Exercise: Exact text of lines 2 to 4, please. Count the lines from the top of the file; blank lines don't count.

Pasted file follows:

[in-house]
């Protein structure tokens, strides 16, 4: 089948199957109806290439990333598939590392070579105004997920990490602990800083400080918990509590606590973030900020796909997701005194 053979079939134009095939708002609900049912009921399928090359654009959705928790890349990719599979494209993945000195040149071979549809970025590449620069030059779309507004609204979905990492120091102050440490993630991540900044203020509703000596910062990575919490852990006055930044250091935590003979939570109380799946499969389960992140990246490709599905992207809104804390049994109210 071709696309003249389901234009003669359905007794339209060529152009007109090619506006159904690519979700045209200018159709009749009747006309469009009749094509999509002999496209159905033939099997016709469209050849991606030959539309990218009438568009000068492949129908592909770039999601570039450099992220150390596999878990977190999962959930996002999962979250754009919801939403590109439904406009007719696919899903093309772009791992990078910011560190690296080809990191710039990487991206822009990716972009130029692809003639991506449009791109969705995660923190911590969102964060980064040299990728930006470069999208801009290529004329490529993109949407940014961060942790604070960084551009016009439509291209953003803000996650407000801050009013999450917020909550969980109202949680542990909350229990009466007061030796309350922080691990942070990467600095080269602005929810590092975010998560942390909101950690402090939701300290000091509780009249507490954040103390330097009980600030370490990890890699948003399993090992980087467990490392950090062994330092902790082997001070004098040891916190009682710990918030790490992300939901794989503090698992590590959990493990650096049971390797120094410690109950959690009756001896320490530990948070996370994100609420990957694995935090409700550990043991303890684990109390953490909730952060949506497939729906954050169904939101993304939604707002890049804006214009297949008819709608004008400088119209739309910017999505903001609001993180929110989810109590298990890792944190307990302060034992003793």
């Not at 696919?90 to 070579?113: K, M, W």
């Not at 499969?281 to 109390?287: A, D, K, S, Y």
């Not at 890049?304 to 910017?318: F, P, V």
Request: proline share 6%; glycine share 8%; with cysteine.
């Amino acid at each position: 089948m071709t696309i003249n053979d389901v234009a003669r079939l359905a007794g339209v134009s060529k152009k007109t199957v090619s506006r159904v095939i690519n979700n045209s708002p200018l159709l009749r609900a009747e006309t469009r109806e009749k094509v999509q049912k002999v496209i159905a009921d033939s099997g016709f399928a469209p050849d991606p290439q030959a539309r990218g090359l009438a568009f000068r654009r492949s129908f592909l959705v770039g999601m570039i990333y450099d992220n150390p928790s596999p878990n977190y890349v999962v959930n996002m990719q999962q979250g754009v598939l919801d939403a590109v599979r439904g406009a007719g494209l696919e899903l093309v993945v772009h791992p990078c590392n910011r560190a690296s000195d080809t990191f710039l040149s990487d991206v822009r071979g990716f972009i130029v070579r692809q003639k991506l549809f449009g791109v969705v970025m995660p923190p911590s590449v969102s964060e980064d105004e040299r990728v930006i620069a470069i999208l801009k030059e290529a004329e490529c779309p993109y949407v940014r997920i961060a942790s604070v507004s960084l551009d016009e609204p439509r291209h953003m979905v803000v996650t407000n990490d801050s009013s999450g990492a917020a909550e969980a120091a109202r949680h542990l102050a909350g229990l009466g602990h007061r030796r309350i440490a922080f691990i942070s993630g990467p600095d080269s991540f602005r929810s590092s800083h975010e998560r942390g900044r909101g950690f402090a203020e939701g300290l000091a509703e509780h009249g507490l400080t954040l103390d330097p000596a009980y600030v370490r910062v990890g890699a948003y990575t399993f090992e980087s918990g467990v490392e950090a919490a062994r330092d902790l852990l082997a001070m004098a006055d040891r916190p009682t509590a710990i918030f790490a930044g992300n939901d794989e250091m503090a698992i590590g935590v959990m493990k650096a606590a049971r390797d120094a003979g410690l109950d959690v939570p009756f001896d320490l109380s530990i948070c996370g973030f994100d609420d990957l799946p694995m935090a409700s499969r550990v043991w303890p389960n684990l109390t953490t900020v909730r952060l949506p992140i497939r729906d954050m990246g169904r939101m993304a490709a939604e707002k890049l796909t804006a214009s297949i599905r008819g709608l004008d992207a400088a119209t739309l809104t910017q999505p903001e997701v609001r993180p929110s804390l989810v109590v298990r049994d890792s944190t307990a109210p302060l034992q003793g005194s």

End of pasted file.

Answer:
């Protein structure tokens, strides 16, 4: 089948199957109806290439990333598939590392070579105004997920990490602990800083400080918990509590606590973030900020796909997701005194 053979079939134009095939708002609900049912009921399928090359654009959705928790890349990719599979494209993945000195040149071979549809970025590449620069030059779309507004609204979905990492120091102050440490993630991540900044203020509703000596910062990575919490852990006055930044250091935590003979939570109380799946499969389960992140990246490709599905992207809104804390049994109210 071709696309003249389901234009003669359905007794339209060529152009007109090619506006159904690519979700045209200018159709009749009747006309469009009749094509999509002999496209159905033939099997016709469209050849991606030959539309990218009438568009000068492949129908592909770039999601570039450099992220150390596999878990977190999962959930996002999962979250754009919801939403590109439904406009007719696919899903093309772009791992990078910011560190690296080809990191710039990487991206822009990716972009130029692809003639991506449009791109969705995660923190911590969102964060980064040299990728930006470069999208801009290529004329490529993109949407940014961060942790604070960084551009016009439509291209953003803000996650407000801050009013999450917020909550969980109202949680542990909350229990009466007061030796309350922080691990942070990467600095080269602005929810590092975010998560942390909101950690402090939701300290000091509780009249507490954040103390330097009980600030370490990890890699948003399993090992980087467990490392950090062994330092902790082997001070004098040891916190009682710990918030790490992300939901794989503090698992590590959990493990650096049971390797120094410690109950959690009756001896320490530990948070996370994100609420990957694995935090409700550990043991303890684990109390953490909730952060949506497939729906954050169904939101993304939604707002890049804006214009297949008819709608004008400088119209739309910017999505903001609001993180929110989810109590298990890792944190307990302060034992003793």
């Not at 696919?90 to 070579?113: K, M, W």
């Not at 499969?281 to 109390?287: A, D, K, S, Y």